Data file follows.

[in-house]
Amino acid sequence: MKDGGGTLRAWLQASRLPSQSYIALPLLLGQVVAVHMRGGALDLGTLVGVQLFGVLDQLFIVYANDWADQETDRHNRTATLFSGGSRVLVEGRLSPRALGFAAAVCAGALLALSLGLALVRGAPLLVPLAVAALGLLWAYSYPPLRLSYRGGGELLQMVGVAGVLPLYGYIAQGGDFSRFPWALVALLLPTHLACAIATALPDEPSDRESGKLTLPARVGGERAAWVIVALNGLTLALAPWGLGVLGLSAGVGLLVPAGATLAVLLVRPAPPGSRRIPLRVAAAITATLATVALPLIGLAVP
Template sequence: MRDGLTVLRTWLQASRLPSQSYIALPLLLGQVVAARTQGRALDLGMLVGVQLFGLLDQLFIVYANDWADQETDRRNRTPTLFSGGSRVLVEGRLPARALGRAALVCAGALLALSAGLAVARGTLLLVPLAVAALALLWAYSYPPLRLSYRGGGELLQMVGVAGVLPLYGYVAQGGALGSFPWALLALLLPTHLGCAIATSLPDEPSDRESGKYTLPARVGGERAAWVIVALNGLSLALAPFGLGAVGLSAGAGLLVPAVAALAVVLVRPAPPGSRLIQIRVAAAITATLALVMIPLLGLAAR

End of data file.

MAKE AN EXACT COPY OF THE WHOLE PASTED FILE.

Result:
[in-house]
Amino acid sequence: MKDGGGTLRAWLQASRLPSQSYIALPLLLGQVVAVHMRGGALDLGTLVGVQLFGVLDQLFIVYANDWADQETDRHNRTATLFSGGSRVLVEGRLSPRALGFAAAVCAGALLALSLGLALVRGAPLLVPLAVAALGLLWAYSYPPLRLSYRGGGELLQMVGVAGVLPLYGYIAQGGDFSRFPWALVALLLPTHLACAIATALPDEPSDRESGKLTLPARVGGERAAWVIVALNGLTLALAPWGLGVLGLSAGVGLLVPAGATLAVLLVRPAPPGSRRIPLRVAAAITATLATVALPLIGLAVP
Template sequence: MRDGLTVLRTWLQASRLPSQSYIALPLLLGQVVAARTQGRALDLGMLVGVQLFGLLDQLFIVYANDWADQETDRRNRTPTLFSGGSRVLVEGRLPARALGRAALVCAGALLALSAGLAVARGTLLLVPLAVAALALLWAYSYPPLRLSYRGGGELLQMVGVAGVLPLYGYVAQGGALGSFPWALLALLLPTHLGCAIATSLPDEPSDRESGKYTLPARVGGERAAWVIVALNGLSLALAPFGLGAVGLSAGAGLLVPAVAALAVVLVRPAPPGSRLIQIRVAAAITATLALVMIPLLGLAAR